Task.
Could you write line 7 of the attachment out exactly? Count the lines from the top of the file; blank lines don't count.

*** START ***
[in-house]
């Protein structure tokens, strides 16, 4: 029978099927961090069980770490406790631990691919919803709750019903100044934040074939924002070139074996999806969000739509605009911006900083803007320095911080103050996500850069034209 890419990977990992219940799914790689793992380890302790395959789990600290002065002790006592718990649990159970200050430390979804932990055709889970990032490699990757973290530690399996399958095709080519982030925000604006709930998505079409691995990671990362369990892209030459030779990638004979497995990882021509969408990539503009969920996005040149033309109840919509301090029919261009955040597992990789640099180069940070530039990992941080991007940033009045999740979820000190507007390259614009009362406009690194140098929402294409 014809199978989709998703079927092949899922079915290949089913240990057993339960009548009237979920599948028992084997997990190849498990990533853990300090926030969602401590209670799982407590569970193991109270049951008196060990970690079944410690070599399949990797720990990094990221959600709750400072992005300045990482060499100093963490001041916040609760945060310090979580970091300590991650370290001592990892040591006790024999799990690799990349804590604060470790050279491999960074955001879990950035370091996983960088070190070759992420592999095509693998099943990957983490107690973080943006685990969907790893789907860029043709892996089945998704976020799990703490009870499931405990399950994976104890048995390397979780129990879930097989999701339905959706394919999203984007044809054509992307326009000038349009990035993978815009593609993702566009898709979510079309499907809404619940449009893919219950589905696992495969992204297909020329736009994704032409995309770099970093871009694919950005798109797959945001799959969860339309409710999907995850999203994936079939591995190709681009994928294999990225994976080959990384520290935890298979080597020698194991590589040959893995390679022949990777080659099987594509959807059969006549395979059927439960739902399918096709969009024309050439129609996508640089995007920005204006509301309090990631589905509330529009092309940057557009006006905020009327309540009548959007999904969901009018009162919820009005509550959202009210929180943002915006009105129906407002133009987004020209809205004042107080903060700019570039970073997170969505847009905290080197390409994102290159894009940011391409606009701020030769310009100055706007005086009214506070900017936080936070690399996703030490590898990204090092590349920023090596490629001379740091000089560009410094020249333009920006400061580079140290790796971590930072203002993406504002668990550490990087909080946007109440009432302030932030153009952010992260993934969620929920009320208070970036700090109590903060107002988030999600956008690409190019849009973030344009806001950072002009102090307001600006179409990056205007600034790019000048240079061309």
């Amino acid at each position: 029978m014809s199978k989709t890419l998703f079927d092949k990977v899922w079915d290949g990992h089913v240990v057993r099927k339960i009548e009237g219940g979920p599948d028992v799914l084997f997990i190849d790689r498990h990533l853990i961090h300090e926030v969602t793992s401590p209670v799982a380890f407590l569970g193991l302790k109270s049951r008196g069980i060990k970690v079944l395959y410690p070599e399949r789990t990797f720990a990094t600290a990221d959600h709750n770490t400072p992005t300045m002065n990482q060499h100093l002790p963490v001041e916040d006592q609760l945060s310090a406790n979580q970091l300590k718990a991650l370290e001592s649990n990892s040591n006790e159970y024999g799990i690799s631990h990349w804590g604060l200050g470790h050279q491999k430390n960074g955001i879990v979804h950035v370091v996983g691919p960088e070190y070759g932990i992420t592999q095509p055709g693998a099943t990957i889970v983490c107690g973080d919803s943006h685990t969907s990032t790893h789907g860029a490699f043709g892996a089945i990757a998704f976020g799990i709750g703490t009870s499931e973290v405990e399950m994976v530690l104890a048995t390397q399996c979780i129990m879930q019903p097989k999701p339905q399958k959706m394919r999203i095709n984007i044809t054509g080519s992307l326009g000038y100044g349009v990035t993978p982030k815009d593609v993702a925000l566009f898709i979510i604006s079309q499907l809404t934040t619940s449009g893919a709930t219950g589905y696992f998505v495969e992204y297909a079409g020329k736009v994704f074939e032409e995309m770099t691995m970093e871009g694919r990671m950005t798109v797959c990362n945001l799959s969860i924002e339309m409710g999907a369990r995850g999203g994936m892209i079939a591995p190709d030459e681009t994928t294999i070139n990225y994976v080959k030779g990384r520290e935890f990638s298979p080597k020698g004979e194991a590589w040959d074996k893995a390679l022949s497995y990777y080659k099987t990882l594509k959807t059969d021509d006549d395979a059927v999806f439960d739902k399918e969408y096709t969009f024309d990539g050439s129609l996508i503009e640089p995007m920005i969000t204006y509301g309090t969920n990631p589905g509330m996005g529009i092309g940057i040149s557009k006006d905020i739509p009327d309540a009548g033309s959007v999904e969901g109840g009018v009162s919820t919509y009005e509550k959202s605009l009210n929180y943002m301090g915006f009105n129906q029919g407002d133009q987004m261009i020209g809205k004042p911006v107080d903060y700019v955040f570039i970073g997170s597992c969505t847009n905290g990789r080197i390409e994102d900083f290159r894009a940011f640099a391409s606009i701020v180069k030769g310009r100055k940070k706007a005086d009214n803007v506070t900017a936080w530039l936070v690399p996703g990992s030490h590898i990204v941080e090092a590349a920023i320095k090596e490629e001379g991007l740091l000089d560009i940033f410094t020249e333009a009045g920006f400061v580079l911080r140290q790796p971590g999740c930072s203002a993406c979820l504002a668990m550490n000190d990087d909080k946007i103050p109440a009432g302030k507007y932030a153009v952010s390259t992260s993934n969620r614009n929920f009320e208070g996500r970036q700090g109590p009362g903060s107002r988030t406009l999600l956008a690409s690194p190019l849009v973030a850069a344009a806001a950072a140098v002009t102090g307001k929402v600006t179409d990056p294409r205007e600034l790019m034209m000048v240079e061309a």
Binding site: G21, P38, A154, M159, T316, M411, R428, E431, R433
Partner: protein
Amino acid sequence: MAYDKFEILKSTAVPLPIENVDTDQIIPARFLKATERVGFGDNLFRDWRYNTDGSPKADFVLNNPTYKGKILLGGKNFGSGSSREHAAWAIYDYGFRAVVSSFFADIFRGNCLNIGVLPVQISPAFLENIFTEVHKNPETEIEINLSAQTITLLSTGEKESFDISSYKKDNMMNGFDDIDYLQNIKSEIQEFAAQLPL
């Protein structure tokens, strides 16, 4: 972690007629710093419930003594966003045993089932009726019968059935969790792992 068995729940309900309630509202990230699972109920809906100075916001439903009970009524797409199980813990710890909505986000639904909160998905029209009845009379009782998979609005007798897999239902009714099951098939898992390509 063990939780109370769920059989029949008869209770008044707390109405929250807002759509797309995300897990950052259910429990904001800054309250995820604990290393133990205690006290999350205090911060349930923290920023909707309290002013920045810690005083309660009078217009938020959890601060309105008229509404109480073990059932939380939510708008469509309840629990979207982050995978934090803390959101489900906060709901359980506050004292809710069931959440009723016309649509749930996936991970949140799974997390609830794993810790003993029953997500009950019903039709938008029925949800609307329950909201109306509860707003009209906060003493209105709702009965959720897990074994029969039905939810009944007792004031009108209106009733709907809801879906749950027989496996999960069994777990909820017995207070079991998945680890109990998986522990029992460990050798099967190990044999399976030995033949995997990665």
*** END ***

């Protein structure tokens, strides 16, 4: 972690007629710093419930003594966003045993089932009726019968059935969790792992 068995729940309900309630509202990230699972109920809906100075916001439903009970009524797409199980813990710890909505986000639904909160998905029209009845009379009782998979609005007798897999239902009714099951098939898992390509 063990939780109370769920059989029949008869209770008044707390109405929250807002759509797309995300897990950052259910429990904001800054309250995820604990290393133990205690006290999350205090911060349930923290920023909707309290002013920045810690005083309660009078217009938020959890601060309105008229509404109480073990059932939380939510708008469509309840629990979207982050995978934090803390959101489900906060709901359980506050004292809710069931959440009723016309649509749930996936991970949140799974997390609830794993810790003993029953997500009950019903039709938008029925949800609307329950909201109306509860707003009209906060003493209105709702009965959720897990074994029969039905939810009944007792004031009108209106009733709907809801879906749950027989496996999960069994777990909820017995207070079991998945680890109990998986522990029992460990050798099967190990044999399976030995033949995997990665």